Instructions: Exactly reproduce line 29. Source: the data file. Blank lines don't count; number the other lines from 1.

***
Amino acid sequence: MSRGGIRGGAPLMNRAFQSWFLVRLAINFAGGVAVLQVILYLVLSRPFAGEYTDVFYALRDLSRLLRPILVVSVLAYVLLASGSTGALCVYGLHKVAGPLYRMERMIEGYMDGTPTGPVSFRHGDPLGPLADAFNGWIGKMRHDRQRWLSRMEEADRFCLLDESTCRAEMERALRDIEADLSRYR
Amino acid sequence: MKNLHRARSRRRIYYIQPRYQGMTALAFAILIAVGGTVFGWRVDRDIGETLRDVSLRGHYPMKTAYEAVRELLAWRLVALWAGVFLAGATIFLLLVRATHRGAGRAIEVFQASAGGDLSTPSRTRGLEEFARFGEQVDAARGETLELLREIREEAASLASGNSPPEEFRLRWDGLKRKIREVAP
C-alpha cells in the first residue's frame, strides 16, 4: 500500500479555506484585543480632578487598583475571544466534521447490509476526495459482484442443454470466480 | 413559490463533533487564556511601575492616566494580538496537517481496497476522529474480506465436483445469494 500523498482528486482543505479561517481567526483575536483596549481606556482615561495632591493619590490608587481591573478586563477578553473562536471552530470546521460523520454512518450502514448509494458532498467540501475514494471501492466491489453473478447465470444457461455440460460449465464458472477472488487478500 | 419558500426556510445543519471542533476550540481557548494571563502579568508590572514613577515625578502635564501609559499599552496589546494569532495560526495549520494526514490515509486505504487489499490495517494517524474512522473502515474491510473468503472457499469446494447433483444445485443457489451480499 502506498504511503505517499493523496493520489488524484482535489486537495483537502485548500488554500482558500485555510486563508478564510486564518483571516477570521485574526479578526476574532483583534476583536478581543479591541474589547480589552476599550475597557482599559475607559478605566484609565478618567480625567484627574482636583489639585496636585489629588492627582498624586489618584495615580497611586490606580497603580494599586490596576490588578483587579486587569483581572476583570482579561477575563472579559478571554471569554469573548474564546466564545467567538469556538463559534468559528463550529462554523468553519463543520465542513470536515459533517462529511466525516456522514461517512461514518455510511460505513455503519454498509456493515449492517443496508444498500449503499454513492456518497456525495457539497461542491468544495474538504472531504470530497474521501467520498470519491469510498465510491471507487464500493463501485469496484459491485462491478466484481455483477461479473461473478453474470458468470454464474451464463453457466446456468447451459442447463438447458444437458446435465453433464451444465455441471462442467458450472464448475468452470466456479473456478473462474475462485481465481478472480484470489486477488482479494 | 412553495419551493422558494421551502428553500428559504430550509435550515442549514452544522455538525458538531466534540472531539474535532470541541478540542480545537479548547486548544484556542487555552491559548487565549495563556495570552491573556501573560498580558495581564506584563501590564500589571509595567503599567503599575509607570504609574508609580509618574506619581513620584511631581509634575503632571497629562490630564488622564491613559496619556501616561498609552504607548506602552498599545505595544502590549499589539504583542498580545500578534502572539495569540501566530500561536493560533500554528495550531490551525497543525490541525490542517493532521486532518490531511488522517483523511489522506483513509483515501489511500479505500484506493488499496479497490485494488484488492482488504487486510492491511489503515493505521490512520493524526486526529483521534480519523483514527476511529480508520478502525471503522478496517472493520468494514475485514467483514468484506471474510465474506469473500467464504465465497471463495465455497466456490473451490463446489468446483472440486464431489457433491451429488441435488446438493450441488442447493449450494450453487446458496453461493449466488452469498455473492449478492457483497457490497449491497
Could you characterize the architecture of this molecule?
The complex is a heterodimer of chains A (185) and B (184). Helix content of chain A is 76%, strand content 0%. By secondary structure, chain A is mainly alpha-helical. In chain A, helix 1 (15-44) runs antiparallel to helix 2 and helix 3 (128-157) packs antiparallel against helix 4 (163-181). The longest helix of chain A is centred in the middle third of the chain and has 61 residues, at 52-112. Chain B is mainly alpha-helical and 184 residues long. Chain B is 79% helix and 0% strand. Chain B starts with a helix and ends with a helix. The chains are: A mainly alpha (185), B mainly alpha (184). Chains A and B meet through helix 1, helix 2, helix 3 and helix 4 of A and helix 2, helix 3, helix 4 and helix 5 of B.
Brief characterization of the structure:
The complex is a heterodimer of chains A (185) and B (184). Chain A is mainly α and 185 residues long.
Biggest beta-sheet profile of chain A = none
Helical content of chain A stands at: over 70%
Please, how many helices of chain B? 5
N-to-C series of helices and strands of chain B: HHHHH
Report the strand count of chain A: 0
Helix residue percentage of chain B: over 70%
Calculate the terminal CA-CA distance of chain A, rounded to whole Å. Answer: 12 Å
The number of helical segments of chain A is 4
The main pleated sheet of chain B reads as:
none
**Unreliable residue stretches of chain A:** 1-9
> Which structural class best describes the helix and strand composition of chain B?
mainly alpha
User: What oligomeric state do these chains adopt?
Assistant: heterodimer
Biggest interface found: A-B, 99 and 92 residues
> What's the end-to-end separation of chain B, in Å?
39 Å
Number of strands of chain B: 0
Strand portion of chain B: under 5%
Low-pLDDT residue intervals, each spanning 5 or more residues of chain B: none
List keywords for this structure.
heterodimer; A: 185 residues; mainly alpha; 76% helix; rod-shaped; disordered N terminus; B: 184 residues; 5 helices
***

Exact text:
List keywords for this structure.